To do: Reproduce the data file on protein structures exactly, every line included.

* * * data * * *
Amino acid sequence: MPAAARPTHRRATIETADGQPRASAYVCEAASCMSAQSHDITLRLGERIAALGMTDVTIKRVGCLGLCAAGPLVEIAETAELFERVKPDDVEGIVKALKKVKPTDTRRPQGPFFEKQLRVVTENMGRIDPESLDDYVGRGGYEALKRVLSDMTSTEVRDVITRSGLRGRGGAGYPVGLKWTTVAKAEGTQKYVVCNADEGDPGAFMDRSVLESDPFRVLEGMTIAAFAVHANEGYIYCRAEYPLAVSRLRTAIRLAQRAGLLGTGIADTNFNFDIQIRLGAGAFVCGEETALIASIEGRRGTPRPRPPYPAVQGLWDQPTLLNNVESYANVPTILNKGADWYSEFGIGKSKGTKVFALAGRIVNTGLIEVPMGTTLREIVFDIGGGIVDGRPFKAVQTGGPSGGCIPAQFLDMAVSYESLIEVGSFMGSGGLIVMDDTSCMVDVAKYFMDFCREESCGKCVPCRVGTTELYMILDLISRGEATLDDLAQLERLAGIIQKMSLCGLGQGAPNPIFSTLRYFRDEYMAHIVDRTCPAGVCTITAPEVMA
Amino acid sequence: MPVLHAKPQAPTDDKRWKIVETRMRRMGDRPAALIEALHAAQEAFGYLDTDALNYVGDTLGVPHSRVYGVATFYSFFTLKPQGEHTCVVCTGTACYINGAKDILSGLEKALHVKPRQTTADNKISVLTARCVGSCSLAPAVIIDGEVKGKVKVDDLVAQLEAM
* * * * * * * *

Amino acid sequence: MPAAARPTHRRATIETADGQPRASAYVCEAASCMSAQSHDITLRLGERIAALGMTDVTIKRVGCLGLCAAGPLVEIAETAELFERVKPDDVEGIVKALKKVKPTDTRRPQGPFFEKQLRVVTENMGRIDPESLDDYVGRGGYEALKRVLSDMTSTEVRDVITRSGLRGRGGAGYPVGLKWTTVAKAEGTQKYVVCNADEGDPGAFMDRSVLESDPFRVLEGMTIAAFAVHANEGYIYCRAEYPLAVSRLRTAIRLAQRAGLLGTGIADTNFNFDIQIRLGAGAFVCGEETALIASIEGRRGTPRPRPPYPAVQGLWDQPTLLNNVESYANVPTILNKGADWYSEFGIGKSKGTKVFALAGRIVNTGLIEVPMGTTLREIVFDIGGGIVDGRPFKAVQTGGPSGGCIPAQFLDMAVSYESLIEVGSFMGSGGLIVMDDTSCMVDVAKYFMDFCREESCGKCVPCRVGTTELYMILDLISRGEATLDDLAQLERLAGIIQKMSLCGLGQGAPNPIFSTLRYFRDEYMAHIVDRTCPAGVCTITAPEVMA
Amino acid sequence: MPVLHAKPQAPTDDKRWKIVETRMRRMGDRPAALIEALHAAQEAFGYLDTDALNYVGDTLGVPHSRVYGVATFYSFFTLKPQGEHTCVVCTGTACYINGAKDILSGLEKALHVKPRQTTADNKISVLTARCVGSCSLAPAVIIDGEVKGKVKVDDLVAQLEAM